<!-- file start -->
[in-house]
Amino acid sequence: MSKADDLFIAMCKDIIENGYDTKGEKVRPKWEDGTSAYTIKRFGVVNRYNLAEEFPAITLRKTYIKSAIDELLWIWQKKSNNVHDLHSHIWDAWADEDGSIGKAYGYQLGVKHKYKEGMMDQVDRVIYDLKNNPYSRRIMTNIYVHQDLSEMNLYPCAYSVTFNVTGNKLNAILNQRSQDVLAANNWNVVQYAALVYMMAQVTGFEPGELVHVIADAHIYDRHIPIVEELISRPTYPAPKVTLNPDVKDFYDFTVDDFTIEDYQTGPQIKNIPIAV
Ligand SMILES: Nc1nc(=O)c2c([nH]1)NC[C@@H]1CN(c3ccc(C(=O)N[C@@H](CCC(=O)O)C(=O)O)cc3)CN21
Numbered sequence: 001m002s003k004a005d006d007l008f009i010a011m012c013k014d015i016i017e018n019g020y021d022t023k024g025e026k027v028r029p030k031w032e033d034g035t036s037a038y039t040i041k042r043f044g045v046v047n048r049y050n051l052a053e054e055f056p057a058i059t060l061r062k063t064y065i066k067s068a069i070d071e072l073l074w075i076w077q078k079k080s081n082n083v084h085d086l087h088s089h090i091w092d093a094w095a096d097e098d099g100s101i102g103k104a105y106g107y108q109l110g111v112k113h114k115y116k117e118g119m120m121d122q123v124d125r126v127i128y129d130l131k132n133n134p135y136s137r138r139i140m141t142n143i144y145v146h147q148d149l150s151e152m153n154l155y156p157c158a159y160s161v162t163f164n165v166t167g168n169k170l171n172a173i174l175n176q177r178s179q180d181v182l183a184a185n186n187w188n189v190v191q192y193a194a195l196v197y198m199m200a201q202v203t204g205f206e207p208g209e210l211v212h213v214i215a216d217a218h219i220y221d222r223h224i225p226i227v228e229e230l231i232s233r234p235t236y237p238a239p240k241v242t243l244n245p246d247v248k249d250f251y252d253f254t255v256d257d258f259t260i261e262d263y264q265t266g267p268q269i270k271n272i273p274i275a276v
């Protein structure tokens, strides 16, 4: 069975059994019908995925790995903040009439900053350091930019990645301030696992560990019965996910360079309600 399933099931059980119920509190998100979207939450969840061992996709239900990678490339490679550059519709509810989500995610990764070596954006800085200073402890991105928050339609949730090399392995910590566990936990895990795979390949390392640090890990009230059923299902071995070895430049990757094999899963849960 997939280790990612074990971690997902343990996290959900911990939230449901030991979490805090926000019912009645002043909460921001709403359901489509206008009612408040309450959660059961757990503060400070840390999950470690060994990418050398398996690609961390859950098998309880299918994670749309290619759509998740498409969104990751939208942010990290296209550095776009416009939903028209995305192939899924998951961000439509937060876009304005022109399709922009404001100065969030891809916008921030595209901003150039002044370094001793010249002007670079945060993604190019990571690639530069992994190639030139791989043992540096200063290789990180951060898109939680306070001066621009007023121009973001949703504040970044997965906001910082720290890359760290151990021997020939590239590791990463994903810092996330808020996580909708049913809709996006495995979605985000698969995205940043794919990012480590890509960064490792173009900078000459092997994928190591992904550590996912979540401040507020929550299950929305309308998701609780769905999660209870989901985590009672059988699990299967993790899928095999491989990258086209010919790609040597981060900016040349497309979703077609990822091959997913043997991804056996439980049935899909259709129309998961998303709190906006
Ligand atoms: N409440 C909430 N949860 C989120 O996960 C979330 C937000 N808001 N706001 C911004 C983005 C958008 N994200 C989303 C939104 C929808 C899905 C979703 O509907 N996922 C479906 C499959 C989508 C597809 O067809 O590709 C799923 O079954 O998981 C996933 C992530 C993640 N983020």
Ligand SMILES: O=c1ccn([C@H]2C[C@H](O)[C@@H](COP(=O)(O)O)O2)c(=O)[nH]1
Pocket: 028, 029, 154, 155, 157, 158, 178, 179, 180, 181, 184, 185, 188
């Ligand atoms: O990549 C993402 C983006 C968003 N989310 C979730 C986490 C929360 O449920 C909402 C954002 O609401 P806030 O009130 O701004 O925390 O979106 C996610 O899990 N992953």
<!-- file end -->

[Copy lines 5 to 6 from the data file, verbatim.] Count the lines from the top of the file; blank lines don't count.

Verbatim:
């Protein structure tokens, strides 16, 4: 069975059994019908995925790995903040009439900053350091930019990645301030696992560990019965996910360079309600 399933099931059980119920509190998100979207939450969840061992996709239900990678490339490679550059519709509810989500995610990764070596954006800085200073402890991105928050339609949730090399392995910590566990936990895990795979390949390392640090890990009230059923299902071995070895430049990757094999899963849960 997939280790990612074990971690997902343990996290959900911990939230449901030991979490805090926000019912009645002043909460921001709403359901489509206008009612408040309450959660059961757990503060400070840390999950470690060994990418050398398996690609961390859950098998309880299918994670749309290619759509998740498409969104990751939208942010990290296209550095776009416009939903028209995305192939899924998951961000439509937060876009304005022109399709922009404001100065969030891809916008921030595209901003150039002044370094001793010249002007670079945060993604190019990571690639530069992994190639030139791989043992540096200063290789990180951060898109939680306070001066621009007023121009973001949703504040970044997965906001910082720290890359760290151990021997020939590239590791990463994903810092996330808020996580909708049913809709996006495995979605985000698969995205940043794919990012480590890509960064490792173009900078000459092997994928190591992904550590996912979540401040507020929550299950929305309308998701609780769905999660209870989901985590009672059988699990299967993790899928095999491989990258086209010919790609040597981060900016040349497309979703077609990822091959997913043997991804056996439980049935899909259709129309998961998303709190906006
Ligand atoms: N409440 C909430 N949860 C989120 O996960 C979330 C937000 N808001 N706001 C911004 C983005 C958008 N994200 C989303 C939104 C929808 C899905 C979703 O509907 N996922 C479906 C499959 C989508 C597809 O067809 O590709 C799923 O079954 O998981 C996933 C992530 C993640 N983020």